The futures market is presaging a lower start for the major indices and the excuse for why that's the case is as hackneyed as saying the market is bothered by trade issues. Oh wait, that is the excuse being touted for why the futures market is weak this morning.
Yes, trade issues have got the market down -- or so one is expected to believe.
Tariffs on $200 billion of Chinese imports go into effect today; the Trump Administration is reportedly likely to pursue tariffs on an additional $267 billion of Chinese imports; China has countered with tariffs on an additional $60 billion of U.S. imports; and China has also canceled the proposed trade talks between senior officials.
Does any of that sound familiar? It should.
Those threats were all unfurled last week while the S&P 500 and Dow Jones Industrial Average were - egad! - setting new record highs.
This market isn't overly bothered by trade issues, because the trade issues have yet to show up in the economic data and the earnings guidance in a sweeping and convincing way. Accordingly, they have been swept under the rug to this point by the market, which expects them to be resolved and/or to have only a minor economic impact.
The trade issues are an excuse being used to put a spin on why the S&P futures are down five points and trading 0.2% below fair value.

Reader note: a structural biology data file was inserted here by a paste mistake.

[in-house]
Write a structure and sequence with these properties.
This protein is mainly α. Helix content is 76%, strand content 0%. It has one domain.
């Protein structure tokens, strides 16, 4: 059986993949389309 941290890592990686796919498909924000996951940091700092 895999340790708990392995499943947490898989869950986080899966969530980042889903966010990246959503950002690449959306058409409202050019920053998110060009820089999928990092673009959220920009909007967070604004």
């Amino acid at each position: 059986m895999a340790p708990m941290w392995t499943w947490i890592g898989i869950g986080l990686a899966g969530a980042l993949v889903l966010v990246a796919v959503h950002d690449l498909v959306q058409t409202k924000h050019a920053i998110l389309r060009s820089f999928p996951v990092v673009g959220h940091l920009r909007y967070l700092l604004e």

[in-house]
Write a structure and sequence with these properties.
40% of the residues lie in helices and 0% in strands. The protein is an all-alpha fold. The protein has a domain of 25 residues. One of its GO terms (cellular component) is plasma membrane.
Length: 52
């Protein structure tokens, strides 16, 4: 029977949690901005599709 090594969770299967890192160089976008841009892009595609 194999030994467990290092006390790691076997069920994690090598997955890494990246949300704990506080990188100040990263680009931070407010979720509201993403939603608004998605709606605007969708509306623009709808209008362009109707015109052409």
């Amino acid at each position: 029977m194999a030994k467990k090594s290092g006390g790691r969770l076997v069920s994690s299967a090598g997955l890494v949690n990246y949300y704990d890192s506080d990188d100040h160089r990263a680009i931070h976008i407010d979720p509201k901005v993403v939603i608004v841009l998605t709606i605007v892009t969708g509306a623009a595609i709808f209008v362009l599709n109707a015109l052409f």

The Dow Jones Industrial Average futures are down 28 points, which leaves them trading less than 0.1% below fair value. The Nasdaq 100 futures are the real weak spot, speaking in relative terms.
They are down 35 points and are trading 0.6% below fair value. The relative weakness can be traced to a Bloomberg report highlighting the idea that the White House is considering an executive order (note, nothing has been implemented) for antitrust officials to probe the business practices of social media companies.
Worries about a potential increase in regulation of those companies, then, is the basis for the early underperformance.
The weakness in mega-cap companies like Alphabet (GOOG) and Facebook (FB) is arguably more of a drag on the broader market this morning than the trade issues.
In any event, buyers are holding back for the time being even though there has been a spate of M&A activity to lend some support.
Comcast (CMCSA) has reportedly won the bidding for Sky (SKYAY) with a hefty $40 billion offer that has analysts and investors concerned the company overpaid. Shares of CMCSA are down 3.4% in pre-market trading.
Separately, Barrick Gold (ABX) and Randgold (GOLD) are tying up in a $6 billion stock-for-stock transaction while SiriusXM (SIRI) has made a bid to acquire Pandora Media (P) for approximately $3.5 billion, or $10.14 per share, in stock.
Beyond the corporate developments, market participants are also focused on this week's FOMC meeting, which is widely expected to produce another rate hike, and the decision over the weekend by OPEC and non-OPEC producers not to increase oil output.
Oil prices are up $1.05, or 1.5%, to $71.83 per barrel in a relief rally. That pop in oil prices should give a lift to the energy sector.
Any such lift at this point, however, isn't expected to be enough to boost the broader market, which is poised for a modestly lower start because of trade concerns... oh, stop it.